LOUISVILLE, Ky. (WHAS11) -- Testimony is underway for the second day in the sentencing trial of New Albany serial killer William Clyde Gibson.
Gibson, who was convicted and sentenced to death for the murder of Christine Whitis, and to 65 years in prison for the murder of Karen Hodella, is now waiting to hear is fate in connection with the murder of Stephanie Kirk.
Prosecutors said they want the judge to impose the death penalty for this case as well.
Tuesday, people closest to Gibson took the stand.
Gibson’s sister and ex-wife testified for the defense. His sister described a difficult childhood and a long-standing problem of alcohol abuse. His ex-wife said they divorced mainly because of his drinking and unexplained disappearances.
Both women said he was devastated by the death of his mother, an argument the defense has used to explain his crimes.
“I think she's confused somewhere, maybe lost, don't know how to get home,” Tony Kirk, Stephanie’s father, said a month after she went missing.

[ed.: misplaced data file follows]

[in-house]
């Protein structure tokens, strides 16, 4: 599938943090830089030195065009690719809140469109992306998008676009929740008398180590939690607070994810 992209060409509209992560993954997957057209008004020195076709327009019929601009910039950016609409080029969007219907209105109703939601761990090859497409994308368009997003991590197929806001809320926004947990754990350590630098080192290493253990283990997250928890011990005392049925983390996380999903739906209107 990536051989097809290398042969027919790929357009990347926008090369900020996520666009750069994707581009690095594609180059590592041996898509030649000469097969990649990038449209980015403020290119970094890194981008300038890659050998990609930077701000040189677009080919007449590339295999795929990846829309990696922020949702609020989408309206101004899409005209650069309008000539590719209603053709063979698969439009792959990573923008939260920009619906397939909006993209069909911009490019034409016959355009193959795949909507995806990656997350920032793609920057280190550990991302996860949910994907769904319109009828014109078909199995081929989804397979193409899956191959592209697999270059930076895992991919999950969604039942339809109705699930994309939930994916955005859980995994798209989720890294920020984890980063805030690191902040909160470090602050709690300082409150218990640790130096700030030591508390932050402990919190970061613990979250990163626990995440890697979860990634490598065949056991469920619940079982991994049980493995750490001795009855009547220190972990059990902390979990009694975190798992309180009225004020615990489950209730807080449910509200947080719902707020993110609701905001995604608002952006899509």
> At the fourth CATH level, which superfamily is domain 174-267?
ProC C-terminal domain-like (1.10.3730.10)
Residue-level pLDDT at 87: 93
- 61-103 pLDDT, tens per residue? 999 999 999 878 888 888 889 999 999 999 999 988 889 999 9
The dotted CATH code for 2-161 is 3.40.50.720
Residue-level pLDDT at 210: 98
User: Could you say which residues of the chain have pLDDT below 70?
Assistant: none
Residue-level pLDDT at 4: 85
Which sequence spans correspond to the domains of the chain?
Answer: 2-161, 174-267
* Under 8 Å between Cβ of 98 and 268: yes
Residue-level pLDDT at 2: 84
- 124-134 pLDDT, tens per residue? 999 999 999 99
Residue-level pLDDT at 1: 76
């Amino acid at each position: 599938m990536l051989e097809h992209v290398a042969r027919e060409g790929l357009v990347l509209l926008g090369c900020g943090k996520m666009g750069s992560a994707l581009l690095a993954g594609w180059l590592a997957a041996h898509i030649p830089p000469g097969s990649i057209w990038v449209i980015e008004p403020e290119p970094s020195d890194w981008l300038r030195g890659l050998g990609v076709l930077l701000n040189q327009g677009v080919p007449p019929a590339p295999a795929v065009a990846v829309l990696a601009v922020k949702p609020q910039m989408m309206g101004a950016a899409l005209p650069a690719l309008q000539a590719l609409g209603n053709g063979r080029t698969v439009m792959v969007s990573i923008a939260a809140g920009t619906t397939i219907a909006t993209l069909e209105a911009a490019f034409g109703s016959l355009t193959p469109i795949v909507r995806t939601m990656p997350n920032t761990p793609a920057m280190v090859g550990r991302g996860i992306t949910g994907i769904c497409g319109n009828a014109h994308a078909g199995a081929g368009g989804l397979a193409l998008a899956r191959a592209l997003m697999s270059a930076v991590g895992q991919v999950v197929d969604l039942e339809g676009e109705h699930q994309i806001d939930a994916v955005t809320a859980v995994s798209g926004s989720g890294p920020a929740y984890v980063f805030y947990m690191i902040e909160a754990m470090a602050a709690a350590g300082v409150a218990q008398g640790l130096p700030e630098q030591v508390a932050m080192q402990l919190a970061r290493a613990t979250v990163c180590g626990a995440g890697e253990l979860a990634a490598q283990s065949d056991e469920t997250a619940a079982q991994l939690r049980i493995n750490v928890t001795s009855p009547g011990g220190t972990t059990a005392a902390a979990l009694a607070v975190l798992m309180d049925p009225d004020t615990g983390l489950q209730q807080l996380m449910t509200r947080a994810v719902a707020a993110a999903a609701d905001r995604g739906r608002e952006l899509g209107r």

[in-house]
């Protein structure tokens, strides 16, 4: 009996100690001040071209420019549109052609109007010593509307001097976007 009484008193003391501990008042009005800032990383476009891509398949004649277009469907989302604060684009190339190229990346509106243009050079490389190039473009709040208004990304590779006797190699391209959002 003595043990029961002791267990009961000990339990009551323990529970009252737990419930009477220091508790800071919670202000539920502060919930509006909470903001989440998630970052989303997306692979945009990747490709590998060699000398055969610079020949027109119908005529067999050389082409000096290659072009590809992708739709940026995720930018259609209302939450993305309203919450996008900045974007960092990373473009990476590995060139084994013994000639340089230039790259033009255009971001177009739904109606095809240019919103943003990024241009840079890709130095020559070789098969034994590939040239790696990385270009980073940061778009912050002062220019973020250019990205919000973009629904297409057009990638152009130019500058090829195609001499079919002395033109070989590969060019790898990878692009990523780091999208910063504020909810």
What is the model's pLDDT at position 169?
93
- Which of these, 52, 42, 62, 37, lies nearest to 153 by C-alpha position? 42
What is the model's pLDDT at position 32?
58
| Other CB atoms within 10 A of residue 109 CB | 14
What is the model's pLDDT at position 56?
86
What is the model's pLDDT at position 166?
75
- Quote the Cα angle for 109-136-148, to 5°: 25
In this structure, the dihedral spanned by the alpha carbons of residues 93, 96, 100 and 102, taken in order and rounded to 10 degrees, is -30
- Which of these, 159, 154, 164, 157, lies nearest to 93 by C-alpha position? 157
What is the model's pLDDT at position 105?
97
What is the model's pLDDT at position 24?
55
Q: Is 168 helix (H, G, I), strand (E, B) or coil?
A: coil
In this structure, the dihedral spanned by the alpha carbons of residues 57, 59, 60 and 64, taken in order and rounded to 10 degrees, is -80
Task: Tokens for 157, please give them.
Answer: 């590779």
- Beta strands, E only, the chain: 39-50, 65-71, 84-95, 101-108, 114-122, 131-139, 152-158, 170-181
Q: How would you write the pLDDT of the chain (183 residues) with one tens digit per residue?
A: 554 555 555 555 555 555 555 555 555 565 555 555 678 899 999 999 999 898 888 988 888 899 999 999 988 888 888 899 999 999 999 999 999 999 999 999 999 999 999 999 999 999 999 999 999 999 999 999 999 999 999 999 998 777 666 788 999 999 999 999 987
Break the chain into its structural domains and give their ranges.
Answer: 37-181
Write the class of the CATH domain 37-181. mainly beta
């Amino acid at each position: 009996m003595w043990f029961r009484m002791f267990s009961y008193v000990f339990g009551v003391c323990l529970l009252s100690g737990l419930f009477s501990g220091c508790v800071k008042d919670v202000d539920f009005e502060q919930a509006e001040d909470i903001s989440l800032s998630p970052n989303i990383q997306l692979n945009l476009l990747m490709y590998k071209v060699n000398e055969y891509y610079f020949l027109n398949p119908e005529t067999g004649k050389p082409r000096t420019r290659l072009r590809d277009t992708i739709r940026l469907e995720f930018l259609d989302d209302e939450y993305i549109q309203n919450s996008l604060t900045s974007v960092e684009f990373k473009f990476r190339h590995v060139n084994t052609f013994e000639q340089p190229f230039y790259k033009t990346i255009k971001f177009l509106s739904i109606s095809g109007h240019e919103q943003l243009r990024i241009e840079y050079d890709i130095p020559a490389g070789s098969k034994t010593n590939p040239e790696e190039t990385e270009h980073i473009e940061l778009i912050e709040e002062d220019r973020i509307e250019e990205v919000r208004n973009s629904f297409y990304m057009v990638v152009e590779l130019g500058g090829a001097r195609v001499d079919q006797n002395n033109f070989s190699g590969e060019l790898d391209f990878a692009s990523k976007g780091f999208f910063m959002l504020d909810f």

Tony Kirk had had no way of knowing it at the time, but his daughter was already dead and her killer was already in jail.
After Whitis was found in Gibson’s garage, police said he admitted to killing the 75-year-old, but he also admitted to killing two other women. Hodella, whose body was found along the bank of the Ohio River in 2002 and Stephanie Kirk, who police said Gibson admitted to burying in the back yard of his New Albany home.
In court, prosecutors showed evidence of sexual assault, trying to prove aggravating circumstances that would allow the judge to impose a death sentence. Prosecutors said appeals from an earlier conviction and sentencing would not slow down the first execution.
“They're on separate tracks, there's no overlap,” Floyd County prosecutor Keith Henderson said.
We expect to hear more from defense witnesses Tuesday, but again, Gibson has pleaded guilty to the this crime – the murder of Stephanie Kirk -- and the proceedings are to help the judge decide whether to impose death, life in prison, or another number of years behind bars.
Proceedings expected to wrap up Wednesday.